Wednesday, January 30, 2013

Kelly's Book 2.13: 13, rue Thérèse

Dear Jenny,

I know it's not quite February, but I'm dying to dive into this book, so I'm going to. I bought it at a recommendation from my mom's friend Susan, an avid reader whose opinions on books I respect.

I bought it at my favorite bookstore in the world (Powell's, of course). I knew I had to buy the pBook because there are a bunch of artifacts depicted throughout and the eBook still can't quite handle that -- at least, not on the Kindle devices that I currently use.

It looks like a sweet little... romance? Mystery? I'm not sure -- there may be some magic going on. Honestly, I don't know much about it, but I like this cover and you know I'm always a sucker for a book that incorporates photos of artifacts. Heh.

One thing that's interesting so far is the name of this book:  In English, "13" is pronounced "thirteen" but in French, it is pronounced "treize," which sounds very similar to "Thérèse." So the name of the book is far more lyrical in French than in English. 


PS -- Oh, crap! I just realized I have not perused a TBP book this month! First month in, and I'm already almost behind. Ack! Ok. I'll do that tonight and dive into this one tomorrow.

Sunday, January 27, 2013

Tournament of Books Update


We are both having good luck with Tournament reading so far. Even though I know it's not your intention, I like that you're going to be able to follow more of the Tournament with me this year!

I've read 9 of the 18 so far, and have abandoned one. Let me give you an update.

Gone Girl
The truth is, I read this quickly and enjoyed it. My initial response was just to think it was a fun page-turner, and perhaps a bit too manipulative. But this one has really stuck with me in ways I didn't expect. I think of it often, trying to figure out it's hold over me.

The Fault in Our Stars
I can't think of another book that has dealt so movingly and maturely with death. In particular, the book's exploration of what it feels like to know you're time is up when you're not yet done living.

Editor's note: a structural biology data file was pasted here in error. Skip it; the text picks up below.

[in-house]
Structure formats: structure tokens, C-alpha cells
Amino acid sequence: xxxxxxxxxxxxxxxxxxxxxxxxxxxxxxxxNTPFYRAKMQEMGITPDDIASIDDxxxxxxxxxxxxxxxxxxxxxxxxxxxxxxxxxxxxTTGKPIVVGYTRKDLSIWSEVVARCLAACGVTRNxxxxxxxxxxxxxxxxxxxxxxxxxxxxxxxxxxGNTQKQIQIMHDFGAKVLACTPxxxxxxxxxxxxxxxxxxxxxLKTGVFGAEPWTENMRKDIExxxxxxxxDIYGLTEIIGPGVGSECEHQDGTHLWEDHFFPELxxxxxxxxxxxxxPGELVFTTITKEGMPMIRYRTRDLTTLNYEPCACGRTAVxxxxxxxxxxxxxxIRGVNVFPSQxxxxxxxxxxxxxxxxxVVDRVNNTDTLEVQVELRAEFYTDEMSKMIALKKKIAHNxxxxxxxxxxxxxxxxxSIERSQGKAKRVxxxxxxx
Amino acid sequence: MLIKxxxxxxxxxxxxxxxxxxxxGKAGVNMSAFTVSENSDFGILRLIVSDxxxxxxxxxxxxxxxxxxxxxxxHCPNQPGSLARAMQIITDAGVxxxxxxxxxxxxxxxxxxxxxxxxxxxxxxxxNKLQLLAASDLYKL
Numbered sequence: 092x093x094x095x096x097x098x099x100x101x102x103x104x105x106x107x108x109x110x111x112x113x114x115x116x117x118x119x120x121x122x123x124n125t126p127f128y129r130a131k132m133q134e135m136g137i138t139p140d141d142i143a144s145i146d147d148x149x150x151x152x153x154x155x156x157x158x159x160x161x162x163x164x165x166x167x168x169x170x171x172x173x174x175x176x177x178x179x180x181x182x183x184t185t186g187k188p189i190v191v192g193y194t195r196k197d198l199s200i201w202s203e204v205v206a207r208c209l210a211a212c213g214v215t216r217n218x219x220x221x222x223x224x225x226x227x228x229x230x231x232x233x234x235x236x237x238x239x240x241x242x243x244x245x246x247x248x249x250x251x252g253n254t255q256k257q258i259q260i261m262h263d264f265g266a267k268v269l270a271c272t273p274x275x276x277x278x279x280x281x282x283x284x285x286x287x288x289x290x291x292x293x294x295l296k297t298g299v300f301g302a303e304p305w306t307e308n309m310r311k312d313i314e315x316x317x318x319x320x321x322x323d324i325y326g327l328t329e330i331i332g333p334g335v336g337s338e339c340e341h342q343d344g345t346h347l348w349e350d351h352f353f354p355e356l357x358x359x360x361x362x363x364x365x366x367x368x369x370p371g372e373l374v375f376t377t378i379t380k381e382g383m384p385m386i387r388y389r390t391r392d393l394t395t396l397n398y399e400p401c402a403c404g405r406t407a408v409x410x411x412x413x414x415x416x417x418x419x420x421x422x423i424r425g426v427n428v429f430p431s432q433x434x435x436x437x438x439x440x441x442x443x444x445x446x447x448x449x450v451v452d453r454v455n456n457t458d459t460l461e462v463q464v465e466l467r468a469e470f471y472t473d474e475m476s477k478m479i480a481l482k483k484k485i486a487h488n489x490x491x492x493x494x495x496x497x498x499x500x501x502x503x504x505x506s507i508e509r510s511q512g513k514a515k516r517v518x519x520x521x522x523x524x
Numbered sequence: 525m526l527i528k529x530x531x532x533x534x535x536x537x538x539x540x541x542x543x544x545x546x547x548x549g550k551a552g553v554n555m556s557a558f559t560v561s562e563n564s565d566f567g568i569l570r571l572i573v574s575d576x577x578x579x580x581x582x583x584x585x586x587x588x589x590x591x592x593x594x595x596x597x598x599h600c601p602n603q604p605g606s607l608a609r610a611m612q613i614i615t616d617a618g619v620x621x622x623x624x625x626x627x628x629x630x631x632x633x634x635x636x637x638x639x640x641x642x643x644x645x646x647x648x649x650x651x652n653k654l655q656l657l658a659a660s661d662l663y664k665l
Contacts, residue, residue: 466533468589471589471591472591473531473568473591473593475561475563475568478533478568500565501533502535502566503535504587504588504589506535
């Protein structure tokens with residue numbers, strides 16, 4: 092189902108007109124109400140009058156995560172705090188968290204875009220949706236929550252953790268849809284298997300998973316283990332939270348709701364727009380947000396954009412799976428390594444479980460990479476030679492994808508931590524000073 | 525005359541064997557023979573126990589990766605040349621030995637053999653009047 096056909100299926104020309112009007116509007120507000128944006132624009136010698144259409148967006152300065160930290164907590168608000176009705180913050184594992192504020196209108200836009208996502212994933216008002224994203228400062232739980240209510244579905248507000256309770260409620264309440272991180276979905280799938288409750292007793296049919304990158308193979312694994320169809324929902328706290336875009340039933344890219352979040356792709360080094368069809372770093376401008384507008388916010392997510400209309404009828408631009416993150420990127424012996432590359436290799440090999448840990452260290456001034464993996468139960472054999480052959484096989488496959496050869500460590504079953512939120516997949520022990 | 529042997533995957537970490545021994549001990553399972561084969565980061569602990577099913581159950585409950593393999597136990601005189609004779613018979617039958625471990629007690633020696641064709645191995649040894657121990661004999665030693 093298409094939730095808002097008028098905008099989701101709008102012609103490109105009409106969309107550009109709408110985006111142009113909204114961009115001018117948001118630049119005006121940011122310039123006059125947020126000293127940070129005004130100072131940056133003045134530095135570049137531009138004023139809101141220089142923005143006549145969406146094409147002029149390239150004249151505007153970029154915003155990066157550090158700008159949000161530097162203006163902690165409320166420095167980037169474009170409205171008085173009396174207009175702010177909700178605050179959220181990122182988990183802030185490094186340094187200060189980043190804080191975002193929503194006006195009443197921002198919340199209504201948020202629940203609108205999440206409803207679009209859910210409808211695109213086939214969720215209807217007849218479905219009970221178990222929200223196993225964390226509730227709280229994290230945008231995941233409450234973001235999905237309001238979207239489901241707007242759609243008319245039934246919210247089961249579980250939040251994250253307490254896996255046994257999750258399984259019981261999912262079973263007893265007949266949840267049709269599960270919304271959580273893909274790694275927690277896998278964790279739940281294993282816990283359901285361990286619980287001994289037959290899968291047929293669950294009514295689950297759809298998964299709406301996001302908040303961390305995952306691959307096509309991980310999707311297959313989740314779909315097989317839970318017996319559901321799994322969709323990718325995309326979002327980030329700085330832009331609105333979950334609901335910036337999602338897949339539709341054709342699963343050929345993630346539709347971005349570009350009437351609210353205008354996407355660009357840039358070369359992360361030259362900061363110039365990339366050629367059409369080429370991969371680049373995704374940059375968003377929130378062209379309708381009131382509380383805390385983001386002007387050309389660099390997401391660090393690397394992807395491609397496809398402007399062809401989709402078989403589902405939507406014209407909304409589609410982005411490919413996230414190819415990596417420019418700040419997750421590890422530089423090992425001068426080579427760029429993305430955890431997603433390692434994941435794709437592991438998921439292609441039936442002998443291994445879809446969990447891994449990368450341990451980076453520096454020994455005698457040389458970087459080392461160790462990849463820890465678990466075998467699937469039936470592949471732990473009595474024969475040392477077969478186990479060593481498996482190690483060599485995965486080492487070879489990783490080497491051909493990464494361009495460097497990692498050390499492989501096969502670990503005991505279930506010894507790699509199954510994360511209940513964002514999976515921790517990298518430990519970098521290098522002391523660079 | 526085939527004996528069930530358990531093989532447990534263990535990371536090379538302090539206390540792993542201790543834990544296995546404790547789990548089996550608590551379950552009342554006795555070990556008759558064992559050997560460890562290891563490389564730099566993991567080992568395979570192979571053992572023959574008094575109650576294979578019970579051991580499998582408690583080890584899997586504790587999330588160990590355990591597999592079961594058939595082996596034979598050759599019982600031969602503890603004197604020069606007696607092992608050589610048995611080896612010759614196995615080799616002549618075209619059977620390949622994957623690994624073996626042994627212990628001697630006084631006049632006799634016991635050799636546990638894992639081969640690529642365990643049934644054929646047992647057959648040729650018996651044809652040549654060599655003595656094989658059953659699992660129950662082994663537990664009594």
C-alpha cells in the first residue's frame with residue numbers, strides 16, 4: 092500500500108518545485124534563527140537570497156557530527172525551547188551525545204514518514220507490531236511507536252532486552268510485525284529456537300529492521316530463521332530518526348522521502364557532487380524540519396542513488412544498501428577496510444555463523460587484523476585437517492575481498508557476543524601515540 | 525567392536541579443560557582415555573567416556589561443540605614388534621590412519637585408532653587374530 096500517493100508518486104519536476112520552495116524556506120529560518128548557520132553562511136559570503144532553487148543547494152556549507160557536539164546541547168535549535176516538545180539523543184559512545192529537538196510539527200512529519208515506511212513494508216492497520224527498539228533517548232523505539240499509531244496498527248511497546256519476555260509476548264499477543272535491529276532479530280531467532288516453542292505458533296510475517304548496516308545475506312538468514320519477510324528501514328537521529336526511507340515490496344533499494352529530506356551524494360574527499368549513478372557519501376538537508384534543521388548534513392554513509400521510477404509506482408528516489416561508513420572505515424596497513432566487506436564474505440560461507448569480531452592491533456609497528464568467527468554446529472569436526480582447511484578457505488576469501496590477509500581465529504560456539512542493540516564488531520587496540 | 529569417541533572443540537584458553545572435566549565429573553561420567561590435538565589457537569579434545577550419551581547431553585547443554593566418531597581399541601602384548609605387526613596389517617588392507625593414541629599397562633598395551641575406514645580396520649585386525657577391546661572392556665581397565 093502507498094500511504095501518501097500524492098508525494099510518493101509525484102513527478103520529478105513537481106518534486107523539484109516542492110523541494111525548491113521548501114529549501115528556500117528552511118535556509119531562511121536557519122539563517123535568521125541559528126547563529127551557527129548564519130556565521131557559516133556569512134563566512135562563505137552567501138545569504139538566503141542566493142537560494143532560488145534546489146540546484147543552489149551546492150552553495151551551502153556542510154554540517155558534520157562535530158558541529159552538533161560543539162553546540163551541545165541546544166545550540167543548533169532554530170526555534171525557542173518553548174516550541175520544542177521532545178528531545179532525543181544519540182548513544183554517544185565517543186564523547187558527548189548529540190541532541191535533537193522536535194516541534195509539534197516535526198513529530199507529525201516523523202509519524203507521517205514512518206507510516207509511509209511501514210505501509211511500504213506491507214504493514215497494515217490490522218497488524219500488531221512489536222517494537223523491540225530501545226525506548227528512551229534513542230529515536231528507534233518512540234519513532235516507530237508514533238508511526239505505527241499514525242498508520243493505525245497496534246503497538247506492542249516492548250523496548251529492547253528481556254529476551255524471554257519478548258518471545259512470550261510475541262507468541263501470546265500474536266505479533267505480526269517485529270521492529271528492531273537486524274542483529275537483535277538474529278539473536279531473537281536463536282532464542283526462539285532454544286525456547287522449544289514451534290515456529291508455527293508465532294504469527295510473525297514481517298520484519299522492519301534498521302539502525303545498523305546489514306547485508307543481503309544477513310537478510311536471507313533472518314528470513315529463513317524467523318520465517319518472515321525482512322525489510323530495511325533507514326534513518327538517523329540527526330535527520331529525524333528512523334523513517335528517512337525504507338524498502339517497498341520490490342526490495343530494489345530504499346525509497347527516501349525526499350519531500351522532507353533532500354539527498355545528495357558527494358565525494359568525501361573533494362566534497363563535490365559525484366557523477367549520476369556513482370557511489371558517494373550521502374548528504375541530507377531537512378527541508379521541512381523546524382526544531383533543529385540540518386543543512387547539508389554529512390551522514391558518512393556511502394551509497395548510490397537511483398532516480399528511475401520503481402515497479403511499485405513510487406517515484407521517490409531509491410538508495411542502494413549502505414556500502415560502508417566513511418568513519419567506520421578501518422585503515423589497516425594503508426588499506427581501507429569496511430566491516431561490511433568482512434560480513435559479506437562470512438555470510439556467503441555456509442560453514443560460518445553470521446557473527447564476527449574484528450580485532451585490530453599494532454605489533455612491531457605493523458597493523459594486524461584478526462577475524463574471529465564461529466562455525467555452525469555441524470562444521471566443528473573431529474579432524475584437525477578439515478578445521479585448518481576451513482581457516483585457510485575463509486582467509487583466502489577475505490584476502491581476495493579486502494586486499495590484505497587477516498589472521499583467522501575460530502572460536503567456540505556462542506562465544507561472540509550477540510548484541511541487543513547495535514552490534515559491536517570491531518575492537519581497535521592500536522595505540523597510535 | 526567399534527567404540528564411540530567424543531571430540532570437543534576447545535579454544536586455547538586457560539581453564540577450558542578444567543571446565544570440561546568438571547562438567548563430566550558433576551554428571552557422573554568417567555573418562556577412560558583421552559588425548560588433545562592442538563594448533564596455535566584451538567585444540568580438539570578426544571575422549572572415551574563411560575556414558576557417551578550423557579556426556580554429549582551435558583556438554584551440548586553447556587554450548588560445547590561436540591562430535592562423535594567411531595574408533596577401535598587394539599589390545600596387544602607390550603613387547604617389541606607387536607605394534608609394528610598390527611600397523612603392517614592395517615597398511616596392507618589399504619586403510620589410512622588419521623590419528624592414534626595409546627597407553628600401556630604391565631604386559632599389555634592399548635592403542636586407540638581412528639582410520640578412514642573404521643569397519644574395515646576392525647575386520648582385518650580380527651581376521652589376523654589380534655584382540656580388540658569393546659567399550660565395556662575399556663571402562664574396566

Frankly, a disappointment. It starts with a great premise: a young family participates in the building of a commune. But once the main character, a young man named Bit leaves the commune behind, most of the energy in the book just seeemed to disappear. Also, this book traffics in the annoying no-quotation-mark thing which I hate.

Where'd You Go, Bernadette?
A book about hating Seattle? I literally could not be a more perfect audience for this book. It helps that it's fantastically funny. 

Definitely "the find" of this year's TOB for me. I loved this book. The author makes himself a character, and this guy does a lot of hand-wringing over how characters get created and the way that we turn history into fiction. I bought this for my Kindle, and I love it so much I'll probably buy a hard copy.

The Yellow Birds
A thoughtful and meditative look at a the life of a soldier home from Iraq. I think it faltered at the end, but it had it's moments of reading pleasure. Honestly, though, it seems like a lightweight compared to other war novels I've read in the past few years. Comparing it to Matterhorn and The Things They Carried, might not be fair, but there you go.

The Round House